The Shinkansen (新幹線?, new trunk line) is a network of high-speed railway lines in Japan operated by four Japan Railways Group companies. Starting with the Tōkaidō Shinkansen (515.4 km) in 1964, the network has expanded to currently consist of 2,387.7 km (1,483.6 mi) of lines with maximum speeds of 240–320 km/h (150–200 mph), 283.5 km (176.2 mi) of Mini-shinkansen lines with a maximum speed of 130 km/h (80 mph), and 10.3 km (6.4 mi) of spur lines with Shinkansen services. The network presently links most major cities on the islands of Honshu and Kyushu, with construction of a link to the northern island of Hokkaido underway.
The maximum operating speed is 320 km/h (200 mph) (on a 387.5 km section of the Tōhoku Shinkansen). Test runs have reached 443 km/h (275 mph) for conventional rail in 1996, and up to a world record 581 km/h (361 mph) for maglev trains in 2003.
Shinkansen literally means new trunk line, referring to the high-speed rail line network. The name Superexpress (超特急 chō-tokkyū, initially used for Hikari trains, was retired in 1972 but is still used in English-language announcements and signage.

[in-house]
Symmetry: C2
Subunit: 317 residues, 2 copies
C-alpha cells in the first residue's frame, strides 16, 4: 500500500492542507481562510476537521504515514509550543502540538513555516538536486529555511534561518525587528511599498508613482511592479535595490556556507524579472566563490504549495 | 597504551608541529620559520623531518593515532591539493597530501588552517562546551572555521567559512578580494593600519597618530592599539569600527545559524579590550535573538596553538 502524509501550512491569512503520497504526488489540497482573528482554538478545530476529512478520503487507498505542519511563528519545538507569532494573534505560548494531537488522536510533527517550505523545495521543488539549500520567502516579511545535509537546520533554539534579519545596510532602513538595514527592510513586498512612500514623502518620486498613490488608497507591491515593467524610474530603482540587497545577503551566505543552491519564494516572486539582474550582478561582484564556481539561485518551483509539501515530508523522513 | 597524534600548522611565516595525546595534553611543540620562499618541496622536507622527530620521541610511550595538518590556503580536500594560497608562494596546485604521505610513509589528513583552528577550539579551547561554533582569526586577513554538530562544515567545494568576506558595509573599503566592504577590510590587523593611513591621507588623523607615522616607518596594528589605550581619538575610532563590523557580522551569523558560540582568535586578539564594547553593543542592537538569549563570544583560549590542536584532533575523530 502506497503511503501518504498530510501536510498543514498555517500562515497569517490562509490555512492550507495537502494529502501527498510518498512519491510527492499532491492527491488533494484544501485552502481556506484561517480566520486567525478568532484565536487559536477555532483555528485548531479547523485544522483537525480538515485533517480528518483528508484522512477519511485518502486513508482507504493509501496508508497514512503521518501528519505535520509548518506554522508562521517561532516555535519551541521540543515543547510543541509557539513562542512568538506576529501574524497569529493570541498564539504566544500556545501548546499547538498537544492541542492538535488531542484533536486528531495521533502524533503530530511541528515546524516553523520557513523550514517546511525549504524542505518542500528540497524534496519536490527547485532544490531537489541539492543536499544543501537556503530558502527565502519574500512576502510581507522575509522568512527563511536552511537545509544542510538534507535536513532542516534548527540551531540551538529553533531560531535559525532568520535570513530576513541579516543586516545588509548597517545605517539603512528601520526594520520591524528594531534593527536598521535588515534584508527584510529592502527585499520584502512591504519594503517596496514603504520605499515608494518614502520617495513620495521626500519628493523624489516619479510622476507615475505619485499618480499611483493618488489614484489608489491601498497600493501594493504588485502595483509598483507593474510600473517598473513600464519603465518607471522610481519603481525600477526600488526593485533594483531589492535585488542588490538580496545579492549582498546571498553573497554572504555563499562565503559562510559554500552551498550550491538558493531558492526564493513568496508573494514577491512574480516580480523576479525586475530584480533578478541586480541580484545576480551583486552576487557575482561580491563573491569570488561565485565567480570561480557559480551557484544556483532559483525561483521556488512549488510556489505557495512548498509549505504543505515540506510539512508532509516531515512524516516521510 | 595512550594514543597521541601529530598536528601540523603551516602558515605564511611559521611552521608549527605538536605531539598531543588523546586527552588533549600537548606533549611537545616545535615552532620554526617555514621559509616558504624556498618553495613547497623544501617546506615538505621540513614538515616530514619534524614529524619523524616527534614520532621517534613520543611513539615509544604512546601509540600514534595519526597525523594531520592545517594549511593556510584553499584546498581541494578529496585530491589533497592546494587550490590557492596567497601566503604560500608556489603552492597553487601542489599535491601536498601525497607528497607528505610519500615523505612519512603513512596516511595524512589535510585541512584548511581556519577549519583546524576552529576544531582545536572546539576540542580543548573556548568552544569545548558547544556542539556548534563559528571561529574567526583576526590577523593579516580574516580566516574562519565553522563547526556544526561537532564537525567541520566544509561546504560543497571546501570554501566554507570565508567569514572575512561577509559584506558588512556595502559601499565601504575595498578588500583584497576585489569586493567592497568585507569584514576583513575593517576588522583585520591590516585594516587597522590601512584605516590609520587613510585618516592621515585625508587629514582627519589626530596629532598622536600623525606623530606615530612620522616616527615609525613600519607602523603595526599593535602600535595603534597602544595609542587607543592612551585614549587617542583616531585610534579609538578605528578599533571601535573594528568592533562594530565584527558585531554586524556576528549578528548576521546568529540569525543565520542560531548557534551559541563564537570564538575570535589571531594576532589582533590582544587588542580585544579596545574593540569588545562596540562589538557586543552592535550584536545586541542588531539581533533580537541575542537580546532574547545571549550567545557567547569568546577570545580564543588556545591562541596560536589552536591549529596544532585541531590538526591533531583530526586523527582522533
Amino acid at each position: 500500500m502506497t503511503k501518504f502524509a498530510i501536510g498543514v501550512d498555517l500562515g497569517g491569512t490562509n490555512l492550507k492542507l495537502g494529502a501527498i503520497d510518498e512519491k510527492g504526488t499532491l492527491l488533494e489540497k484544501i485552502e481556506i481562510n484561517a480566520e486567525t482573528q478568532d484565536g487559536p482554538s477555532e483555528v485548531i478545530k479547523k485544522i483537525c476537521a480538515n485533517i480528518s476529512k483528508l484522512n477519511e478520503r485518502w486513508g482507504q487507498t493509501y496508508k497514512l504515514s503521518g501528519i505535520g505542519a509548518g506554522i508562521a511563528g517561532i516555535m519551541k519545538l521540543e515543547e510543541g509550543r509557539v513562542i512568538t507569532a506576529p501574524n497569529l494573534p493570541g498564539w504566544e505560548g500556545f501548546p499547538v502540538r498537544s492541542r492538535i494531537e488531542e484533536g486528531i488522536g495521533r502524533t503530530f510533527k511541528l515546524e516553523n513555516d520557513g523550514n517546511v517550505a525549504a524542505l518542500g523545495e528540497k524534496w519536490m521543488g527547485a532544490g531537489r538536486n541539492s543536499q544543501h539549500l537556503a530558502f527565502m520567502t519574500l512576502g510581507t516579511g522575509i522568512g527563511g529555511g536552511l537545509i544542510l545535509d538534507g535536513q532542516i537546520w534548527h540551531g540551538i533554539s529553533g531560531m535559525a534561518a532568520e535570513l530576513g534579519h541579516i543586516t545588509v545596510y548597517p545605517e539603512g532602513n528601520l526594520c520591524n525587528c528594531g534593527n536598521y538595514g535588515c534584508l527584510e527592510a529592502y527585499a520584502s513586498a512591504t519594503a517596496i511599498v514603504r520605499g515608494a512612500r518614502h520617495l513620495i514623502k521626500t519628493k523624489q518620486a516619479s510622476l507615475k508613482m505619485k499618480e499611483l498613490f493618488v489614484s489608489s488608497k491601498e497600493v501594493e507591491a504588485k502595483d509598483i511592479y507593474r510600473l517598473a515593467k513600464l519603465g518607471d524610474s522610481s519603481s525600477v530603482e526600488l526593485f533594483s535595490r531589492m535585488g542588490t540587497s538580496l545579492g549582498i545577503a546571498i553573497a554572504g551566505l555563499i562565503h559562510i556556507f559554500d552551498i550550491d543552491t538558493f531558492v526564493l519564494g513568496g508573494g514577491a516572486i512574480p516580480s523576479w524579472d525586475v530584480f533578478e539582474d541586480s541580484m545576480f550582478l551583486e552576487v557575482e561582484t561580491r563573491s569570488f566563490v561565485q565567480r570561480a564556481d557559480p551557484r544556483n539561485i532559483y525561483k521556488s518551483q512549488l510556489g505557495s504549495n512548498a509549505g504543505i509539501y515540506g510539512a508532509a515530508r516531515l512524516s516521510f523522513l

The Tōkaidō Shinkansen is the world’s busiest high-speed rail line. Carrying 151 million passengers per year (March 2008), it has transported more passengers (over 5 billion, entire network over 10 billion) than any other high-speed line in the world. Between Tokyo and Osaka, the two largest metropolises in Japan, up to thirteen trains per hour with sixteen cars each (1,323-seat capacity) run in each direction with a minimum headway of three minutes between trains. Though largely a long-distance transport system, the Shinkansen also serves commuters who travel to work in metropolitan areas from outlying cities. Japan’s Shinkansen network had the highest annual passenger ridership (a maximum of 353 million in 2007) of any high-speed rail network until 2011, when China’s high-speed rail network surpassed it at 370 million passengers annually.